Anthropology 174AW

Sexual Practices & Harem Size

This webpage explores the correlation between despotism and harem size with sexual attitudes and practices among the various cultures. My hypothesis is that there seems to be a strong correlation between sex believed to be dangerous and maximum harem size. My assumption is that people who tend to believe that the act of sexual intercourse is dangerous may withdraw from being an active participant. This may in turn, result in their spouse looking to alternatives means to satisfy their sexual needs and desires. One option is have harems. As the needs of the spouse are continually unmet, the harem size may increase depending on the maximum amount of harems allowed. The maximum harem size varies according to the distinct cultures. This webpage will explore the various cultures that support this theory.

What is a Harem?

Harem can be defined as a secondary wife of inferior social status, in certain polygamous societies. The word harem is derived from the Arabic word harim, meaning "that which is prohibited".

Correlations

Correlations which run from -.5 to Ė1.0 or from +.5 to +.1 show a very close connection between two variables. After running a crosstabulation on the variables V161 Sex Believed Dangerous and V1133 Maximum Harem Size, I found that the two variables had a very strong postive correlation of .541*. This displays the correlation at a significance level of .05 on a two-tailed distribution. Following is a graph of the results of my crosstabulation.

Crosstabulation

V1133 Maximum Harem Size * V161 Sex Believed Dangerous

The results of the above graph illustrates the relationship between two existing variables. If sex is not believed to be dangerous, then the ratio remains three out of five men who will have a maximum of three conjugal relationships or less. Then if the sample size is increased to eight men, the odds are half, four out of eight men have a maximum of four to ten conjugal relationships. This is with the variable sex believed to be dangerous then the odds are two out of three men will have a maximum of 11 to 100 conjugal relationships.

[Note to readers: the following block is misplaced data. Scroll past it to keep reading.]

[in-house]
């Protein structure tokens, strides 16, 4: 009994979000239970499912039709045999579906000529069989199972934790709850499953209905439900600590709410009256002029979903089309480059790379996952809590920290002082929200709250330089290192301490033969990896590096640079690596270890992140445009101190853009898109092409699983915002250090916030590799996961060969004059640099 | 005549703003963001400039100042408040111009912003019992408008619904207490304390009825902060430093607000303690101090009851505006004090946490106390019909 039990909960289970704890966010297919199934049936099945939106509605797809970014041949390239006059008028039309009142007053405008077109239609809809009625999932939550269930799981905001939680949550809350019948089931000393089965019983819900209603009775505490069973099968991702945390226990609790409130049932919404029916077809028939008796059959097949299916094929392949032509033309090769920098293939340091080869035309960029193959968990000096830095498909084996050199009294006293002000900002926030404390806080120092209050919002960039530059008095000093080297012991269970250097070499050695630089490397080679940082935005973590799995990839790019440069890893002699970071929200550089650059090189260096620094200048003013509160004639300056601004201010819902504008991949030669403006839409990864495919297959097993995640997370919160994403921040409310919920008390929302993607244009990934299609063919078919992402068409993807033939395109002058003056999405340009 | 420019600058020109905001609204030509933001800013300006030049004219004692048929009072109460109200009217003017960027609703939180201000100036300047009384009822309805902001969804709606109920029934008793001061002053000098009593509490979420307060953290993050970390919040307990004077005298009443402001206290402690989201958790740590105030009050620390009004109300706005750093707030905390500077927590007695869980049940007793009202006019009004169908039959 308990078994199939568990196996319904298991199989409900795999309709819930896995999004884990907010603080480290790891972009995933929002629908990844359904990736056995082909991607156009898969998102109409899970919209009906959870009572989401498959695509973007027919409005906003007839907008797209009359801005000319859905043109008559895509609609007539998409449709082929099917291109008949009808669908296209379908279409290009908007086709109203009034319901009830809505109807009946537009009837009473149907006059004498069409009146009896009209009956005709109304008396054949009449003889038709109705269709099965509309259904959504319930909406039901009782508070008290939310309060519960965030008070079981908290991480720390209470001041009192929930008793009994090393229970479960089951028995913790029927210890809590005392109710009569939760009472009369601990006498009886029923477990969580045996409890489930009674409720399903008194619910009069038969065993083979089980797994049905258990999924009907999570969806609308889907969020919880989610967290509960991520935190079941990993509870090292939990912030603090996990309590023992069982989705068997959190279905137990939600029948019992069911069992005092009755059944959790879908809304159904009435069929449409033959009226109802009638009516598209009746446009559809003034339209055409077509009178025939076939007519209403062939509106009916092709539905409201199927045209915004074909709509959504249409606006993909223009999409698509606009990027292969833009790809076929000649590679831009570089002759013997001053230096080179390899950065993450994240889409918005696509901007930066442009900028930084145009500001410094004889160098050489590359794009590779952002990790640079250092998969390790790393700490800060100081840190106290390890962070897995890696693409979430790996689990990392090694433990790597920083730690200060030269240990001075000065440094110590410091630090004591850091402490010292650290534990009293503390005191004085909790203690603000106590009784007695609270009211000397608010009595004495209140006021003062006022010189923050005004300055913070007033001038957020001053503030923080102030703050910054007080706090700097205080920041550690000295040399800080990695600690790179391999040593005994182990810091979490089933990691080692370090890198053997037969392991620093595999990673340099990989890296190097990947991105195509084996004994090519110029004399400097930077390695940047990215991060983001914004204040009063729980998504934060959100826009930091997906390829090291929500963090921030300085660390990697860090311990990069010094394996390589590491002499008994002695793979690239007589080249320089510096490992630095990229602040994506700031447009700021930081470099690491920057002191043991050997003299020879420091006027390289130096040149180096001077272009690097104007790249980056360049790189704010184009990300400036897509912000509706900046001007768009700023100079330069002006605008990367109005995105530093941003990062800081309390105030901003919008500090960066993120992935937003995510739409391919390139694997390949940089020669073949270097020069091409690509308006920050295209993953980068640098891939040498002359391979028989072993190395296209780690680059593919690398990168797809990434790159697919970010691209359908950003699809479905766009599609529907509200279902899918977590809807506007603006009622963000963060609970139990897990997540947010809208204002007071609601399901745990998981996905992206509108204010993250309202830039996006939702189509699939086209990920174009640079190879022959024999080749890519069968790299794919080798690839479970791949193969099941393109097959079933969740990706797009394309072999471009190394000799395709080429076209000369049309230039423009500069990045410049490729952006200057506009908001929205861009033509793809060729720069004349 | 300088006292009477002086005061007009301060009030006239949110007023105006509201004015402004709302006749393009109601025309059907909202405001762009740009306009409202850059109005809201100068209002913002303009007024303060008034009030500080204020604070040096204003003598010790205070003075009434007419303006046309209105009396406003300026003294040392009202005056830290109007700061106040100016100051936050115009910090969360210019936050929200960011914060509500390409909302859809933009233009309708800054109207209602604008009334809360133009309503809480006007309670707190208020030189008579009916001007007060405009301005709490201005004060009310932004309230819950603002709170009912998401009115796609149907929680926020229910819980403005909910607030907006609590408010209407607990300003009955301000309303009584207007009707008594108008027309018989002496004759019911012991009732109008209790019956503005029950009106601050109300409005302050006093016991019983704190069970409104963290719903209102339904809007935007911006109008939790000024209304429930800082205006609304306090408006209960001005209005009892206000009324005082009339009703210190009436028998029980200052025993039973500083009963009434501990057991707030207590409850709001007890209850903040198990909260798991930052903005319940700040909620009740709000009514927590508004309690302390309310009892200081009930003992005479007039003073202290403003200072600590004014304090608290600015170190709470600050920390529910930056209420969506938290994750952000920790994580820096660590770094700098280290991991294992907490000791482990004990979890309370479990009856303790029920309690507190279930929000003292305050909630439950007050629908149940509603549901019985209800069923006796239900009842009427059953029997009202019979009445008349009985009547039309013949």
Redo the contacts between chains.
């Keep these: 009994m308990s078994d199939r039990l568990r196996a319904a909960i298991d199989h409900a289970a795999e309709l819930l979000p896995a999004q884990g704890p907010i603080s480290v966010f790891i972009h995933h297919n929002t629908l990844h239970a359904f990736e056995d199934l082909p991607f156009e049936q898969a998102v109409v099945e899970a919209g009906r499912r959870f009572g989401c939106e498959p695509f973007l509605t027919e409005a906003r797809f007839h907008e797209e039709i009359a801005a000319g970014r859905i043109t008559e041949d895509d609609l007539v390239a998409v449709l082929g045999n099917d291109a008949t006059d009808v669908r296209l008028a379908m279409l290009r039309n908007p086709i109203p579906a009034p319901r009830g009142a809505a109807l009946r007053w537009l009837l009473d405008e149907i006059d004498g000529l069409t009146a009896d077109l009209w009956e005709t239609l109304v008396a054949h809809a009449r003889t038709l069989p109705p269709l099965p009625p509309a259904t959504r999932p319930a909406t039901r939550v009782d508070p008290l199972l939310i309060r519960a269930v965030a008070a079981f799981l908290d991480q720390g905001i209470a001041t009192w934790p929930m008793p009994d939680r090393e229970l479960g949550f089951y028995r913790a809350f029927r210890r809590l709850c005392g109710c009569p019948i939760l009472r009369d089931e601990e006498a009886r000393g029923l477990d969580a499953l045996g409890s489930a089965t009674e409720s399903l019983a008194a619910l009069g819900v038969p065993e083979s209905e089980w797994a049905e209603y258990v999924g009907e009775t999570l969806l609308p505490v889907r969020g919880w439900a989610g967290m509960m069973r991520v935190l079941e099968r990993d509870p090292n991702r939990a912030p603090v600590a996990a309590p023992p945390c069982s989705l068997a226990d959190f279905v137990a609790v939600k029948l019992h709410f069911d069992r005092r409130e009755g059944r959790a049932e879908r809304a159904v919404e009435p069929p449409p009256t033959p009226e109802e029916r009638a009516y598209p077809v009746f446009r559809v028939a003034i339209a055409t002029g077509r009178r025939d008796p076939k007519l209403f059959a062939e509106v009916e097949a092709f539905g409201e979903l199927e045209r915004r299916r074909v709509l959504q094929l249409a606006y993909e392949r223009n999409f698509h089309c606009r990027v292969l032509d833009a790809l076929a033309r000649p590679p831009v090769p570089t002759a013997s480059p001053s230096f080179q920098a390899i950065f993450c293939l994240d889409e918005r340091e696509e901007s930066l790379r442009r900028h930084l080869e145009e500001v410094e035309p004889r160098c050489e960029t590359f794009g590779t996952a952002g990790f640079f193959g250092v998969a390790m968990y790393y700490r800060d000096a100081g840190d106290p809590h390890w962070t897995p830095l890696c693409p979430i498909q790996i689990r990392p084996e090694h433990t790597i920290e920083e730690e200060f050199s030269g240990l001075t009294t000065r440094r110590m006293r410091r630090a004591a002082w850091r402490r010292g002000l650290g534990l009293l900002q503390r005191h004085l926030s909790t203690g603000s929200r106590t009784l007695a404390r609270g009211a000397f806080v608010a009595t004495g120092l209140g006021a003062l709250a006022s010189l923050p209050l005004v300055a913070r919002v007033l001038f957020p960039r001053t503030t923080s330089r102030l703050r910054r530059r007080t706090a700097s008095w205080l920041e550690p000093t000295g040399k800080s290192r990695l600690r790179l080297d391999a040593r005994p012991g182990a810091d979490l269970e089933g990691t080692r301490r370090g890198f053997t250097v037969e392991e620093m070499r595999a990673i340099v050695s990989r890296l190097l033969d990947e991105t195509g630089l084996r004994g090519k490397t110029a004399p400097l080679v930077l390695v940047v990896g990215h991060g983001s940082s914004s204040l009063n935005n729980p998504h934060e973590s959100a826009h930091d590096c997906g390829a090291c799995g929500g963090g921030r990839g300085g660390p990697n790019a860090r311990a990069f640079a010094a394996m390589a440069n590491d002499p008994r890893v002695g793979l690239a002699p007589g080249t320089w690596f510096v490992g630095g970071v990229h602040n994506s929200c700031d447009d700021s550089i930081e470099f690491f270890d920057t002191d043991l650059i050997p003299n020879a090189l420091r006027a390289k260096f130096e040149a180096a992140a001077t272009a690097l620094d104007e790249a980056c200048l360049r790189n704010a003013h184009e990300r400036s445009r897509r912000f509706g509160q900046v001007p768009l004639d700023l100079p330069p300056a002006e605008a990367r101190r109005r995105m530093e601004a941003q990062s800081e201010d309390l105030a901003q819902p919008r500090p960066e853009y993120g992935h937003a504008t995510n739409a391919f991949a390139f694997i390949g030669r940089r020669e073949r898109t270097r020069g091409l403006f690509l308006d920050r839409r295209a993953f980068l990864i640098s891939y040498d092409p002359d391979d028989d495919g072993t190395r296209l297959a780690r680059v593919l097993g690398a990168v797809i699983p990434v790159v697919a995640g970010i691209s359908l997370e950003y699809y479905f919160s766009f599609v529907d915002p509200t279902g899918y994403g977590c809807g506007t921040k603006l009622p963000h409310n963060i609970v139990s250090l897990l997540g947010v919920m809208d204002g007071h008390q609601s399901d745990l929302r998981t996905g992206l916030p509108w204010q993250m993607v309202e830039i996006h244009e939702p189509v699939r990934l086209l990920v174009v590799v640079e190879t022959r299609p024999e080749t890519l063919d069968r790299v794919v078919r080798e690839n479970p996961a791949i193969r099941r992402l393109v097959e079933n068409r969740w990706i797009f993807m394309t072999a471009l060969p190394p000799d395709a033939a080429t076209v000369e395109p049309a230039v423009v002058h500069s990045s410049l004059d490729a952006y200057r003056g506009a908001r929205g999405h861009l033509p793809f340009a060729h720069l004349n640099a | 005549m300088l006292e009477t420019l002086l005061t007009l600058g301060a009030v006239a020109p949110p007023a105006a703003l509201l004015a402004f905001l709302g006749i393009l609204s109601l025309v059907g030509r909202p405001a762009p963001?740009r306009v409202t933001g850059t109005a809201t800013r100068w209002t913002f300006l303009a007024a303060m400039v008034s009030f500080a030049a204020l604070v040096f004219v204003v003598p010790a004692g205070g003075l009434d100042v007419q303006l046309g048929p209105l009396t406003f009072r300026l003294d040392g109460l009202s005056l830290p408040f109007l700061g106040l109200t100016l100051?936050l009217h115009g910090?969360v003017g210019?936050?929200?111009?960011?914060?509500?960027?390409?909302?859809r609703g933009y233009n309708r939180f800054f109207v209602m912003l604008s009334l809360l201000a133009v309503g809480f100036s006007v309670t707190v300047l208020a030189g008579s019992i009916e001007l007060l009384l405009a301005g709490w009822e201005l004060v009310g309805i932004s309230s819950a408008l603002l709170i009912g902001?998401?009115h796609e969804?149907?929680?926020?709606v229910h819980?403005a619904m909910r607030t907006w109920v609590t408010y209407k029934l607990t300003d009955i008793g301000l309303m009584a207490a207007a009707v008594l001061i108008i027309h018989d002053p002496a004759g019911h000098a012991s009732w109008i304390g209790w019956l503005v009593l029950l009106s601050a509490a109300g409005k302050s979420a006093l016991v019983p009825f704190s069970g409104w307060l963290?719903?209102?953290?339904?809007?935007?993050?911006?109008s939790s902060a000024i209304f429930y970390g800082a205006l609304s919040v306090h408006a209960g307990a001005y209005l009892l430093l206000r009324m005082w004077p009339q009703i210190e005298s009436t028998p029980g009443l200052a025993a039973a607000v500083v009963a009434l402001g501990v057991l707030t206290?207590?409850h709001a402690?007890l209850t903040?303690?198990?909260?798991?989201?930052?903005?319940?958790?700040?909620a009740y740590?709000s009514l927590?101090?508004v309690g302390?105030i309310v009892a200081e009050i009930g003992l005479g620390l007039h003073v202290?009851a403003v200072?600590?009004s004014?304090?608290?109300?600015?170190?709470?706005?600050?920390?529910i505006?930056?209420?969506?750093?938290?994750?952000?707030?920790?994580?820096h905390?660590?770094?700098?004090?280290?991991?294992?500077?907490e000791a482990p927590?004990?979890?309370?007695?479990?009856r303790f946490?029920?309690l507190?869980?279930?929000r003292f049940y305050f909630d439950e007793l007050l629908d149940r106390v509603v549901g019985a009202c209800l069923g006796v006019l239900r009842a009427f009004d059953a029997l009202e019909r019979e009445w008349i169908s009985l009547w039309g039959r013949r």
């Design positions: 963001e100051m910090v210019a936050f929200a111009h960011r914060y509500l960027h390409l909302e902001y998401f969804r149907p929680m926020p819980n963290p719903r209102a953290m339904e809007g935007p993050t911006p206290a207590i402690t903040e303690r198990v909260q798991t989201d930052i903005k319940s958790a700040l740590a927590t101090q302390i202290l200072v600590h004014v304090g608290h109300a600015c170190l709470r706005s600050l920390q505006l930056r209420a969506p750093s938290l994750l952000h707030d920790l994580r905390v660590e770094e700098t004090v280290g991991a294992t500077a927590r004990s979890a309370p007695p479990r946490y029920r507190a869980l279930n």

V200 region Crosstabulation

 

The above graph includes the variable V200 Region, as well as V161 Sex Believed Dangerous and V1133 Maximum Harem Size. This graph displays the areas of low, or no harems and high or concentrated regions with harems. The regions with low or no harems are East Eurasia, Insular Pacific, North America, and South America. As it turns out, lots of low danger, no harems are in the New World. The regions with high or localized harem are Africa, and Circum-Mediterranean. These two regions have the high danger harem cases. As a result, there is a possibly that these are just large cultural regions that have these characteristics, which may lower the statistical significance level.

Maps

I wanted to place two very interesting maps on this webpage, but I was unable to do so. However, I would like you to see the actually regions where harem exists. If you just click on these sites it will take you there.

http://electic.ss.uci.edu/~drwhite/ethnoatlas/v161.html

http://electic.ss.uci.edu/~drwhite/ethnoatlas/v1133.html (

Links

http://www.uci.edu

http://electic.ss.uci.edu/~drwhite/courses/WCC99.htm

References

If youíre interested in learning more about related topics, here is a list of references. However, Iíll have to warn you, I had some trouble finding these sources. Good Luck!

Betzig, L. L. (1982). Despotism and differential reproduction: A cross-cultural correlation of conflict asymmetry, hierarchy and degree of polygyny. Ethnology and Sociobiology, 3(4), 209-221.

Betzig, L. (1986). Despotism and differential reproduction: A Darwinian view of history. New York: Aldine. Introductions and explanations of the variables by author were published in world cultures, 1988, Volume 4, Number 4.

Betzig L. (1992). Little history of Darwinian history. Ethnology and Sociobiology, 13(5-6), 303-307.

Betzig, L. (1989). Rethinking ethnology: A response to some recent critiques. Ethnology and Sociobiology, 10(5), 315-324.

Betzig, L. (1992). Roman polygyny. Ethnology and Sociobiology, 13(5-6), 309-349.

Broude, G. & Greene, S. J. (1976). Sexual attitudes and practices. Ethnology, 15, 409-429.